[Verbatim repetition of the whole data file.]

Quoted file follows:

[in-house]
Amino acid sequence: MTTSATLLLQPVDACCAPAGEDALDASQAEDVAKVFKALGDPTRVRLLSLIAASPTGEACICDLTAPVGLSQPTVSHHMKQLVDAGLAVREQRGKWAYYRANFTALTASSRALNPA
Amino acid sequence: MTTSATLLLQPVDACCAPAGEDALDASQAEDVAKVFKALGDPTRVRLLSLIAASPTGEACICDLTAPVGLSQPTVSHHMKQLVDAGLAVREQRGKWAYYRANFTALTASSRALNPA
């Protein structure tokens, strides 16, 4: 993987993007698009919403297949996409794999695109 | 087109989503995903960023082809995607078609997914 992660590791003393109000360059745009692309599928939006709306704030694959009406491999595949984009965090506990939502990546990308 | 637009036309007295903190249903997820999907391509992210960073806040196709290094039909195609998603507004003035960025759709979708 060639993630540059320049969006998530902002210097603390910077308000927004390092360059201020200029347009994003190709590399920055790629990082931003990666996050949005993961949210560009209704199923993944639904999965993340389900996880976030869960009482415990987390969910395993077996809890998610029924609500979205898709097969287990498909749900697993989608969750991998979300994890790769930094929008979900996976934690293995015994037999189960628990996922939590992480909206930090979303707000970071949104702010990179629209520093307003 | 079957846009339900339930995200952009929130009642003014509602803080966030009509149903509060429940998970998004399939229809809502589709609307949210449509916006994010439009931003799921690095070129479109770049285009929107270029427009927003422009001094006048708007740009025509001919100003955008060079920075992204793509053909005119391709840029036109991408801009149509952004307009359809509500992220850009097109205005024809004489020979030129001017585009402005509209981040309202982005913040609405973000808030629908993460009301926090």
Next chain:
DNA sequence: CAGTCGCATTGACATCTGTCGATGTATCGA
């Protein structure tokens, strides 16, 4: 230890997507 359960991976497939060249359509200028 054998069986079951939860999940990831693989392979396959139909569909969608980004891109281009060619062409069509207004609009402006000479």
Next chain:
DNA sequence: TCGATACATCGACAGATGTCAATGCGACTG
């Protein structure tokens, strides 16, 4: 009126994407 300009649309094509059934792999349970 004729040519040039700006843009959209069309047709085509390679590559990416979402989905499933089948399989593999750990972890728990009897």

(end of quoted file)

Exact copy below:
[in-house]
Amino acid sequence: MTTSATLLLQPVDACCAPAGEDALDASQAEDVAKVFKALGDPTRVRLLSLIAASPTGEACICDLTAPVGLSQPTVSHHMKQLVDAGLAVREQRGKWAYYRANFTALTASSRALNPA
Amino acid sequence: MTTSATLLLQPVDACCAPAGEDALDASQAEDVAKVFKALGDPTRVRLLSLIAASPTGEACICDLTAPVGLSQPTVSHHMKQLVDAGLAVREQRGKWAYYRANFTALTASSRALNPA
């Protein structure tokens, strides 16, 4: 993987993007698009919403297949996409794999695109 | 087109989503995903960023082809995607078609997914 992660590791003393109000360059745009692309599928939006709306704030694959009406491999595949984009965090506990939502990546990308 | 637009036309007295903190249903997820999907391509992210960073806040196709290094039909195609998603507004003035960025759709979708 060639993630540059320049969006998530902002210097603390910077308000927004390092360059201020200029347009994003190709590399920055790629990082931003990666996050949005993961949210560009209704199923993944639904999965993340389900996880976030869960009482415990987390969910395993077996809890998610029924609500979205898709097969287990498909749900697993989608969750991998979300994890790769930094929008979900996976934690293995015994037999189960628990996922939590992480909206930090979303707000970071949104702010990179629209520093307003 | 079957846009339900339930995200952009929130009642003014509602803080966030009509149903509060429940998970998004399939229809809502589709609307949210449509916006994010439009931003799921690095070129479109770049285009929107270029427009927003422009001094006048708007740009025509001919100003955008060079920075992204793509053909005119391709840029036109991408801009149509952004307009359809509500992220850009097109205005024809004489020979030129001017585009402005509209981040309202982005913040609405973000808030629908993460009301926090």
Next chain:
DNA sequence: CAGTCGCATTGACATCTGTCGATGTATCGA
């Protein structure tokens, strides 16, 4: 230890997507 359960991976497939060249359509200028 054998069986079951939860999940990831693989392979396959139909569909969608980004891109281009060619062409069509207004609009402006000479």
Next chain:
DNA sequence: TCGATACATCGACAGATGTCAATGCGACTG
């Protein structure tokens, strides 16, 4: 009126994407 300009649309094509059934792999349970 004729040519040039700006843009959209069309047709085509390679590559990416979402989905499933089948399989593999750990972890728990009897």